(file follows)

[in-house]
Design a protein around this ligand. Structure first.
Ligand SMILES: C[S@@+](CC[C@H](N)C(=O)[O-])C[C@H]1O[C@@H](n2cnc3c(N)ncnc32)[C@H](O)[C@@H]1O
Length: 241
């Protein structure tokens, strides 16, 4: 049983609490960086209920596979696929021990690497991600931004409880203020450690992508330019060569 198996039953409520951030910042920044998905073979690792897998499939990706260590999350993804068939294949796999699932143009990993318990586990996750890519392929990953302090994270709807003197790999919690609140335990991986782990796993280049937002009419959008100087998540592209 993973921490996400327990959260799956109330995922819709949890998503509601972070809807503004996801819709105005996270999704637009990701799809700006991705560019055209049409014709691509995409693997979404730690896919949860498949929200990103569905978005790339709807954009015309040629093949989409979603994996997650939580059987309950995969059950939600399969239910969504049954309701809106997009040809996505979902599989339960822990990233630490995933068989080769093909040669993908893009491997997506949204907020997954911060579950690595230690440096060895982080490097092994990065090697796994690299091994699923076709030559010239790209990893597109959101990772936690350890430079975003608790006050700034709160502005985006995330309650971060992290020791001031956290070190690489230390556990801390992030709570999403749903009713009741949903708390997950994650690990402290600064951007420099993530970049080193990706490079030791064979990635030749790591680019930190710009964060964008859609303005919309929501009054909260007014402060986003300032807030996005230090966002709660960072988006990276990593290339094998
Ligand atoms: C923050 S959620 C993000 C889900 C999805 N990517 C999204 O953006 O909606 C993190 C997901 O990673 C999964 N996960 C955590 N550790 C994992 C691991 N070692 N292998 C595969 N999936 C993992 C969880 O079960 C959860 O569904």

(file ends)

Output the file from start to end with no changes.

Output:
[in-house]
Design a protein around this ligand. Structure first.
Ligand SMILES: C[S@@+](CC[C@H](N)C(=O)[O-])C[C@H]1O[C@@H](n2cnc3c(N)ncnc32)[C@H](O)[C@@H]1O
Length: 241
């Protein structure tokens, strides 16, 4: 049983609490960086209920596979696929021990690497991600931004409880203020450690992508330019060569 198996039953409520951030910042920044998905073979690792897998499939990706260590999350993804068939294949796999699932143009990993318990586990996750890519392929990953302090994270709807003197790999919690609140335990991986782990796993280049937002009419959008100087998540592209 993973921490996400327990959260799956109330995922819709949890998503509601972070809807503004996801819709105005996270999704637009990701799809700006991705560019055209049409014709691509995409693997979404730690896919949860498949929200990103569905978005790339709807954009015309040629093949989409979603994996997650939580059987309950995969059950939600399969239910969504049954309701809106997009040809996505979902599989339960822990990233630490995933068989080769093909040669993908893009491997997506949204907020997954911060579950690595230690440096060895982080490097092994990065090697796994690299091994699923076709030559010239790209990893597109959101990772936690350890430079975003608790006050700034709160502005985006995330309650971060992290020791001031956290070190690489230390556990801390992030709570999403749903009713009741949903708390997950994650690990402290600064951007420099993530970049080193990706490079030791064979990635030749790591680019930190710009964060964008859609303005919309929501009054909260007014402060986003300032807030996005230090966002709660960072988006990276990593290339094998
Ligand atoms: C923050 S959620 C993000 C889900 C999805 N990517 C999204 O953006 O909606 C993190 C997901 O990673 C999964 N996960 C955590 N550790 C994992 C691991 N070692 N292998 C595969 N999936 C993992 C969880 O079960 C959860 O569904």